Latest Comments by dnurse

dnurse, ASN, RN 703 Views

Joined: Aug 24, '03; Posts: 6 (0% Liked)
Work for 2 pulmonologists; from US

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    I think I'm ready to work on my MSN...anyone want to form a "support group"???
    Diane

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    I live and work in Indiana (not at Methodist) and the incident involving the babies in NICU prompted me to write to nearly every major newspaper in Indiana and encourage people to write to our governor and the powers-that-be to get legislation on the books to pass safe staffing laws and laws prohibiting mandatory overtime here in Indiana. California did it in 2005. People in Indiana deserve to be just as safe as people in California. The incidents involving the babies did not involve just one nurse - there were 5 different nurses involved. This should be a BIG wake-up call that there is a problem with the system. If you or any of your family members, friends, etc. live in Indiana and are interested in reading a copy of my article, please email me and I'll send it. Please encourage everyone you know to write to get legislation on the books. Research has shown that on a M/S floor, the ratio should be NO MORE THAN 4 pts per nurse. In critical care areas (ICU, CCU, NICU, PICU, etc.), the ratio should be NO MORE THAN 2 pts per nurse. Research has shown that, for every pt over these ratios that a nurse is assigned, the mortality risk for all pts increases by 7% (Aiken, Pennsylvania School of Nursing, 2002). Yes, I'm fully aware of the nursing shortage, but burnout contributes to nurses leaving the hospitals in droves (or leaving nursing altogether). Trying to care for too many pts at a time is a major cause of burnout. As a new RN, I was regularly assigned 8 pts in ER at another hospital north of Indianapolis. When my repeated expressions of concern to management went ignored, this nurse found herself a new position STAT. Please, the system will not change unless we change it. This affects not just nurses but also the pts for whom we care. The loss of one precious life was too high of a price to pay.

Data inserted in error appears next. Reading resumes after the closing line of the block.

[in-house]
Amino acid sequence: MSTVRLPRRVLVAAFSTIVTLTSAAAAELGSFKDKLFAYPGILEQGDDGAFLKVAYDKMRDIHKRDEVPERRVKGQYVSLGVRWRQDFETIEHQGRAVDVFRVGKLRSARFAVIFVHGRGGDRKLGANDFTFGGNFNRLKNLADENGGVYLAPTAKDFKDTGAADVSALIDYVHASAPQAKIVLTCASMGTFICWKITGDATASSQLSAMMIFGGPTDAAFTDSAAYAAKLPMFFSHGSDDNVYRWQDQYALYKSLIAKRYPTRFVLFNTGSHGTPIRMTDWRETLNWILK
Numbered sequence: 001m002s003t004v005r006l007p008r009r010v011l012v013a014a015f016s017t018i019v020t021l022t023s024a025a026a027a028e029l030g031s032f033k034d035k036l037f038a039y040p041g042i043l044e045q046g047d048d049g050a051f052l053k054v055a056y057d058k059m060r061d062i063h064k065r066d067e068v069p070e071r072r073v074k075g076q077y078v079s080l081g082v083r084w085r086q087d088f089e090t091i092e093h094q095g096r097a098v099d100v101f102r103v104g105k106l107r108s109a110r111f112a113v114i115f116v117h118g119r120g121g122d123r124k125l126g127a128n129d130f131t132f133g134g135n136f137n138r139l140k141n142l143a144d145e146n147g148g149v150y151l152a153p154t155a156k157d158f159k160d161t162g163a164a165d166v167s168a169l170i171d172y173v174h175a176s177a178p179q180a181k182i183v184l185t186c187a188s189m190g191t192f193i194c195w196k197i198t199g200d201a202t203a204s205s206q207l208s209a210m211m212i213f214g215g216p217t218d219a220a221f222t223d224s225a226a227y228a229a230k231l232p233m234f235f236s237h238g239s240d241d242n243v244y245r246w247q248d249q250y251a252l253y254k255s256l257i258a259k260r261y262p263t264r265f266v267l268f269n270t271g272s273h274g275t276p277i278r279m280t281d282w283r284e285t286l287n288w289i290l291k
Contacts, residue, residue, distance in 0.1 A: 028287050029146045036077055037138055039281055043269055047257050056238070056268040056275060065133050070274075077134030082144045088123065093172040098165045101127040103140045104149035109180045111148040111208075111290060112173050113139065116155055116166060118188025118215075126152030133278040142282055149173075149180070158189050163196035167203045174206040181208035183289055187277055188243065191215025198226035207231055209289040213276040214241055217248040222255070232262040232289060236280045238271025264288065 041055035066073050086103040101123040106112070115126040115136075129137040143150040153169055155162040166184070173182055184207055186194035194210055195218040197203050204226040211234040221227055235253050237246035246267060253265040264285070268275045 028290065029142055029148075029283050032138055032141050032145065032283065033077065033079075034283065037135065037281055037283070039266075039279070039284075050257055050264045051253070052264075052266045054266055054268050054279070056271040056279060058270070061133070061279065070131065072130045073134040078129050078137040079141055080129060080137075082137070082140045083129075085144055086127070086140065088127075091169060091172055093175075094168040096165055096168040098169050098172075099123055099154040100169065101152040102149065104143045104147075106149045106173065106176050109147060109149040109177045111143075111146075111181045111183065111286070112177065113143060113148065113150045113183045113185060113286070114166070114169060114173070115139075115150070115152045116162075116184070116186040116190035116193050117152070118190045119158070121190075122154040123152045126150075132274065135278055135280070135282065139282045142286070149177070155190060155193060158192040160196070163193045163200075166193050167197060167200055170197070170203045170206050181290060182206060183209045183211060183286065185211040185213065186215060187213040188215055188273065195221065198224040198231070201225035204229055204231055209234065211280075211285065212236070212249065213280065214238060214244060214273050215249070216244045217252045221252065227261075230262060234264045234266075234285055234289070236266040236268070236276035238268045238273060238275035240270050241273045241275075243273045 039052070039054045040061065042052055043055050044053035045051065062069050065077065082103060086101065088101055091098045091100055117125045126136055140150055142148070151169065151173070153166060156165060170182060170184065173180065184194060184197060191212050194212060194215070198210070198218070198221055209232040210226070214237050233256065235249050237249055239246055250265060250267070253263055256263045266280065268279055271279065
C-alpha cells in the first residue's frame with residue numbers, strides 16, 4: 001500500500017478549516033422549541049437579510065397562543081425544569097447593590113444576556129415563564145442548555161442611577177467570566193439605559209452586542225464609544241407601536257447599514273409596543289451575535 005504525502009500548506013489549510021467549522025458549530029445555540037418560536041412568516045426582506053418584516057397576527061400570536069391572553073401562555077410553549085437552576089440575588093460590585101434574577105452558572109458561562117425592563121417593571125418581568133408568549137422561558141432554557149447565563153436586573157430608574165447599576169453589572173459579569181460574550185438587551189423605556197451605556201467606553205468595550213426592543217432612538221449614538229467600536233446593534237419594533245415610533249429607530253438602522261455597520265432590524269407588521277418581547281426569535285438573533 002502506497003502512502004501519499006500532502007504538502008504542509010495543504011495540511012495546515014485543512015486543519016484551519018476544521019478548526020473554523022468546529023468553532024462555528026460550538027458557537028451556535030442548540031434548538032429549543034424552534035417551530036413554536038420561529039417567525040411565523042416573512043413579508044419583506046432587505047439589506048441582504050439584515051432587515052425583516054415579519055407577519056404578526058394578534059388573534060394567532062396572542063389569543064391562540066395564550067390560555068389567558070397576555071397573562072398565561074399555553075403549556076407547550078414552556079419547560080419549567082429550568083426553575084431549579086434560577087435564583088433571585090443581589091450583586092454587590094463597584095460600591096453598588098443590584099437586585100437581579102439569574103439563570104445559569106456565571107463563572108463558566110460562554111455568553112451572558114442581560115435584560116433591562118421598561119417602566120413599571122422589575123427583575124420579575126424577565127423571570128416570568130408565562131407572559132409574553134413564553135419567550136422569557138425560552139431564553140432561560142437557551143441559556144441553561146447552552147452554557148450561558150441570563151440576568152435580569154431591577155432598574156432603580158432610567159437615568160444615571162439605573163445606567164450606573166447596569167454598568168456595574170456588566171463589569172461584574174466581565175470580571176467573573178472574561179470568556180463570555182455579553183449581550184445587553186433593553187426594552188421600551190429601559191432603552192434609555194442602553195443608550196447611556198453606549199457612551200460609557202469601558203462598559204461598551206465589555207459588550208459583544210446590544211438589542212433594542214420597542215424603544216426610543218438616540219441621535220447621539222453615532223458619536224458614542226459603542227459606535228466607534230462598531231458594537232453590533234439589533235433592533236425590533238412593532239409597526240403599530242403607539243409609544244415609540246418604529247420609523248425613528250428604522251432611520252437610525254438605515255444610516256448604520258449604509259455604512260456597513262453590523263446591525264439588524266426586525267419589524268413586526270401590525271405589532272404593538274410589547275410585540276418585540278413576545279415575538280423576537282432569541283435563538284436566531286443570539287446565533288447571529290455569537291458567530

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    You know you're a nurse if you have no problem with the sight of exposed body organs (brain, intestines, etc.) or with the smell of various body fluids, but seeing a child with his/her mouth on the handle of a shopping cart makes you gag!!

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    I learned in school, first as an LPN then when I went back for my RN. I now work in ER and start A LOT of IV's every night! There's nothing like experience (and even then, I still can't get some of them and then go get my charge nurse!!!).

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    I believe that we "nontraditional students" (as my school refers to those of us who aren't attending college right from high school) bring a great deal to the table for our patients and classmates. Go for it!!!!!!!!

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    Just graduated from Ivy Tech's PN program in Anderson & have only one more pre-req for RN!! I hope to be accepted into Muncie's LPN to RN transition class in May 04. Hope to hear from other IN nurses!! (Anyone open to being a mentor?!?!)



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